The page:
A megachurch is a church with an unusually large membership that also offers a variety of educational and social activities, usually Protestant, including Evangelical. The Hartford Institute for Religion Research defines a megachurch as any Protestant Christian church having 2,000 or more people in average weekend attendance. The megachurch is an organization type rather than a denomination.
The concept originated in the mid 19th century, with the first one established in London, England, in 1861. More emerged in the 20th century, especially in the United States, and expanded rapidly through the 1980s and 1990s. In the early 21st century megachurches were widespread in the US and a growing phenomenon in several African countries, Australia, and elsewhere. In the late 2000s and early 2010s, they became more untraditional, with most newer ones having stadium type seating.
The origins of the megachurch movement, with many local congregants who return on a weekly basis, can be traced to the 19th century. There were large churches earlier, but they were considerably rarer.
A megachurch has been defined by Hartford Institute for Religion Research (2006) and others as any Protestant Christian church which at least 2,000 attend in a weekend. The OED suggests that megachurches often include educational and social activities and are usually Protestant and Evangelical. Globally, these large congregations are a significant development in Protestant Christianity.
Most of these churches build their building in the suburbs of large cities, near major roads and highways, to be visible to as many people as possible and easily accessible by car. Some install a large cross there with a view to evangelization and the edification of believers.
A study by the Hartford Institute for Religion Research published in 2020 found that 70 percent of American megachurches had a multi-site network and an average of 7.6 services per weekend. The study also found that the majority of US megachurches are located in Florida, Texas, California and Georgia.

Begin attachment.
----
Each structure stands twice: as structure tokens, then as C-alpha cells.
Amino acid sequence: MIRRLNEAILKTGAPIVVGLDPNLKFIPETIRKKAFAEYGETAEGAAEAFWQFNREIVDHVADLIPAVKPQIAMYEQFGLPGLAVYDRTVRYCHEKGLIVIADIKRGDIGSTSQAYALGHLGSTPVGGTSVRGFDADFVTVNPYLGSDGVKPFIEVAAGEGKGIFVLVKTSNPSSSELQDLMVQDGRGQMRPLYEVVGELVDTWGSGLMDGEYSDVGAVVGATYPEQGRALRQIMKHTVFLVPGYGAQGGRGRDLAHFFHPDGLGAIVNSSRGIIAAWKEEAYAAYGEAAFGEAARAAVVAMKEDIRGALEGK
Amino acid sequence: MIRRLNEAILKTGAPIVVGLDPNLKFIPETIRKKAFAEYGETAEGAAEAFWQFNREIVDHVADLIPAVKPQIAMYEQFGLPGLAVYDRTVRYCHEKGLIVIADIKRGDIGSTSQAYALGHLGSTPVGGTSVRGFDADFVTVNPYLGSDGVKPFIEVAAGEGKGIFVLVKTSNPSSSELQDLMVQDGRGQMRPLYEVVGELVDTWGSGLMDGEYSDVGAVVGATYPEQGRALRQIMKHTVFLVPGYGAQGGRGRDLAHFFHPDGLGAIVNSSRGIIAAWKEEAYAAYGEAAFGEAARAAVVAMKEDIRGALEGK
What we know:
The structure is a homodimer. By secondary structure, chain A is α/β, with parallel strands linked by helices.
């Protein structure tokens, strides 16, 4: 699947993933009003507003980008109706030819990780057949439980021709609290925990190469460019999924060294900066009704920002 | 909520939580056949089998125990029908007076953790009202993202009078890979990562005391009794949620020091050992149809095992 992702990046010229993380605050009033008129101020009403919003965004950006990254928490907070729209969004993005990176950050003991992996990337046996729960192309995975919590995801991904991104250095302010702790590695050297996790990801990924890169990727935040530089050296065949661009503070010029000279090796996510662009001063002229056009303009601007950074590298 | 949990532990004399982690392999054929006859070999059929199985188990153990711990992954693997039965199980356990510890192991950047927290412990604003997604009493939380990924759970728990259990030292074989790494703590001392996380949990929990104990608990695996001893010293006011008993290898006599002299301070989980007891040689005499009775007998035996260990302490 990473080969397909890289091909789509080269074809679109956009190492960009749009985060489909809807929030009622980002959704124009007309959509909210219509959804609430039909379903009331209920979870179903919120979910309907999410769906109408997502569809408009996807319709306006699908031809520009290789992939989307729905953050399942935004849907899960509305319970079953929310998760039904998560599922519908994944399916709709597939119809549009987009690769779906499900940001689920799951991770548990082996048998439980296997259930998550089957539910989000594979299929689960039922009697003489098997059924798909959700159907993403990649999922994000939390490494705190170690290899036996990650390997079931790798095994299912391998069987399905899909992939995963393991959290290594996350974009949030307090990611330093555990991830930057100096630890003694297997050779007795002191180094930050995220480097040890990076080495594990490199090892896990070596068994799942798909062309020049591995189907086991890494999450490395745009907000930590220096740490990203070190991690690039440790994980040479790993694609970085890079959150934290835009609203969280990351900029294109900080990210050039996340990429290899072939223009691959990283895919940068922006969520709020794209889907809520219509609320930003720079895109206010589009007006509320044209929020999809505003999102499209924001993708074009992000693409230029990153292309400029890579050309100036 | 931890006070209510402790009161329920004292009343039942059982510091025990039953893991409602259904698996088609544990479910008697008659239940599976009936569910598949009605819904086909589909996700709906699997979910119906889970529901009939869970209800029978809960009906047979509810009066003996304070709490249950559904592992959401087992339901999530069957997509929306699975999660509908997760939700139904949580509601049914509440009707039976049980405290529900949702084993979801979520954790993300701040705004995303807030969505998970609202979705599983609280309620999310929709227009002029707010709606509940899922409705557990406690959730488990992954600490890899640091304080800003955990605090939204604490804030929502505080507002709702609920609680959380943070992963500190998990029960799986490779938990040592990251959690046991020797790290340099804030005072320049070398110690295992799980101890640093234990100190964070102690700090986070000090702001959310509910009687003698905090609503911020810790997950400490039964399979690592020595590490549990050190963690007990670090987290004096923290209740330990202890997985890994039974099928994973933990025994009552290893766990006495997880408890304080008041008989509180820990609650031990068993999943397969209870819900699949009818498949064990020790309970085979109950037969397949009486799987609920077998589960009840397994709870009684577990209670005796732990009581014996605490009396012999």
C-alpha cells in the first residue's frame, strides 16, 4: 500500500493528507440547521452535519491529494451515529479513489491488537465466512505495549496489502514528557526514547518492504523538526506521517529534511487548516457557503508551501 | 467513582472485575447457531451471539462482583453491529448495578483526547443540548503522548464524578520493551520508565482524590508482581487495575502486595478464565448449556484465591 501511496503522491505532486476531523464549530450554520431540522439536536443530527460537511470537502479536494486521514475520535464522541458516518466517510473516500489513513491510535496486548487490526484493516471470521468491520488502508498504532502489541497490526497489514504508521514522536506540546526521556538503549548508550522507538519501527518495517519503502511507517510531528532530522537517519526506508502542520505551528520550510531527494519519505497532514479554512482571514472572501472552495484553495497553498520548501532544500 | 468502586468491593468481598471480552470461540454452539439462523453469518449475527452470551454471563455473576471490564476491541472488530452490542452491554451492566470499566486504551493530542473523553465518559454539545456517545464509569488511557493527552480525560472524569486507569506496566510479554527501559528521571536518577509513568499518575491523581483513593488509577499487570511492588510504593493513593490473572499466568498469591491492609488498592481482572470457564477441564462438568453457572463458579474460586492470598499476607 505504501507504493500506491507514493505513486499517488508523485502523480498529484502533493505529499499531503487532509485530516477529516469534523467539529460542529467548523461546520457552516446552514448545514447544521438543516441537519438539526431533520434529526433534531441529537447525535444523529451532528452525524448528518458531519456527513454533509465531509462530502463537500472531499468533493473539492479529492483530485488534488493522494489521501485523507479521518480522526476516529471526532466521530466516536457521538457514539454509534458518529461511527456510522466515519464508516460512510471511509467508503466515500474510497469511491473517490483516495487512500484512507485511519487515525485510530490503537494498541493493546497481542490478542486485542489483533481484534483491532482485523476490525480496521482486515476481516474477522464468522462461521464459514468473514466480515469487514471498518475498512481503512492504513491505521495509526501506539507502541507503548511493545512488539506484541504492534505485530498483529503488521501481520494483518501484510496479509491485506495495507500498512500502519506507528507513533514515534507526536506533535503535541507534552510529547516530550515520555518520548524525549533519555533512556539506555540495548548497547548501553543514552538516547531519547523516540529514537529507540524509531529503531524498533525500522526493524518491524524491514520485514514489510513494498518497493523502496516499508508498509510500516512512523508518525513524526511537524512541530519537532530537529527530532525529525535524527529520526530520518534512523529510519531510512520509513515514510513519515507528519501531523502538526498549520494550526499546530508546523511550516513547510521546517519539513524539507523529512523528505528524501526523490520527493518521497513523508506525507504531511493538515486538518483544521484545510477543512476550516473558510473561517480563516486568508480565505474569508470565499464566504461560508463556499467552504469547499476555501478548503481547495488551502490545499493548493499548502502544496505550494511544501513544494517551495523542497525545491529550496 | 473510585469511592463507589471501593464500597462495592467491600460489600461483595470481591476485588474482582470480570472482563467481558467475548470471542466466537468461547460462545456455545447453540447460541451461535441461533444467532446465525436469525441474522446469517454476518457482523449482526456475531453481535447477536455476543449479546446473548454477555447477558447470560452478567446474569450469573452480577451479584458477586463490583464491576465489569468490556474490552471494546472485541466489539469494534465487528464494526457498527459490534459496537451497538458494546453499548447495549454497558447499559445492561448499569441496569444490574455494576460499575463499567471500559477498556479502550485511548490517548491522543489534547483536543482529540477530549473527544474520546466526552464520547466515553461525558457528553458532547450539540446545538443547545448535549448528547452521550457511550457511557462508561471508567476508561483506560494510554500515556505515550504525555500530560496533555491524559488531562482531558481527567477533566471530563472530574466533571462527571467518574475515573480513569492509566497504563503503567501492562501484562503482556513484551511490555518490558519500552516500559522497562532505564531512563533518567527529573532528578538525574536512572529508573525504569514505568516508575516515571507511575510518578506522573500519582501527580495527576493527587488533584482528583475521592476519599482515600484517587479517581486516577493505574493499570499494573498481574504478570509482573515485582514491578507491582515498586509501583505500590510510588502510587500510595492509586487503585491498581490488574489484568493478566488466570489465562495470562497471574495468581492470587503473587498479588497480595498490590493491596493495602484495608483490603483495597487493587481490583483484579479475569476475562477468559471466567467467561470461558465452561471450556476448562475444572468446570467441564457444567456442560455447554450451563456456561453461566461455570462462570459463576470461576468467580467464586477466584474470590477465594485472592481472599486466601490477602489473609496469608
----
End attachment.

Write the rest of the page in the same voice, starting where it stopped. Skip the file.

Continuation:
Megachurches are found in many countries of Sub-Saharan Africa, including Tanzania, Nigeria, South Africa, Ghana, Kenya, and Uganda. The largest church auditorium, The Glory Dome, was inaugurated in 2018 with 100,000 seats, in Abuja, Nigeria.
In 2010, the Hartford Institute's database listed more than 1,300 such megachurches in the United States; according to that data, approximately 50 churches on the list had average attendance exceeding 10,000, with the highest recorded at 47,000 in average attendance. On one weekend in November 2015, around one in ten Protestant churchgoers in the US, or about 5 million people, attended service in a megachurch. 3,000 individual Catholic parishes have 2,000 or more attendants for an average Sunday Mass, but they are not called megachurches as that is a specifically Protestant term.
In the United States, the phenomenon has more than quadrupled in the two decades to 2017.
In 2007, five of the ten largest Protestant churches were in South Korea. The largest megachurch in the world by attendance is South Korea's Yoido Full Gospel Church, an Assemblies of God (Pentecostal) church, with more than 830,000 members as of 2007.
Hillsong Church, was founded in 1983 in Sydney, New South Wales out of two Christian Life Centre churches and has since planted churches all around Australia and the world.  Another significant Australian international Pentecostal network is the C3 Global Network, founded in 1980.
In 2005, Baptist Pastor Al Sharpton criticized megachurches for focusing on "bedroom morals", statements against same-sex marriage and abortion, by ignoring issues of social justice, such as the immorality of war and the erosion of affirmative action.
In 2018, American professor Scot McKnight of Northern Baptist Theological Seminary criticized nondenominational megachurches for the weak external accountability relationship of their leaders, by not being members of a Christian denomination, further exposing them to abuse of power. However, a study by the Hartford Institute for Religion Research published in 2020 found that 60% of American megachurches were members of a Christian denomination.
Some megachurches and their pastors have been accused by critics of promoting a "prosperity gospel", where the poor and vulnerable are encouraged to donate their money to the church rather than saving it, in the hopes that God will bless them with wealth. This in turn increases the wealth of the pastors, with some revealed to wear designer clothing during sermons and own luxury vehicles.
- List of the largest evangelical churches
- List of the largest evangelical church auditoriums
- List of megachurches in the United States
- Pentecostalism in Australia
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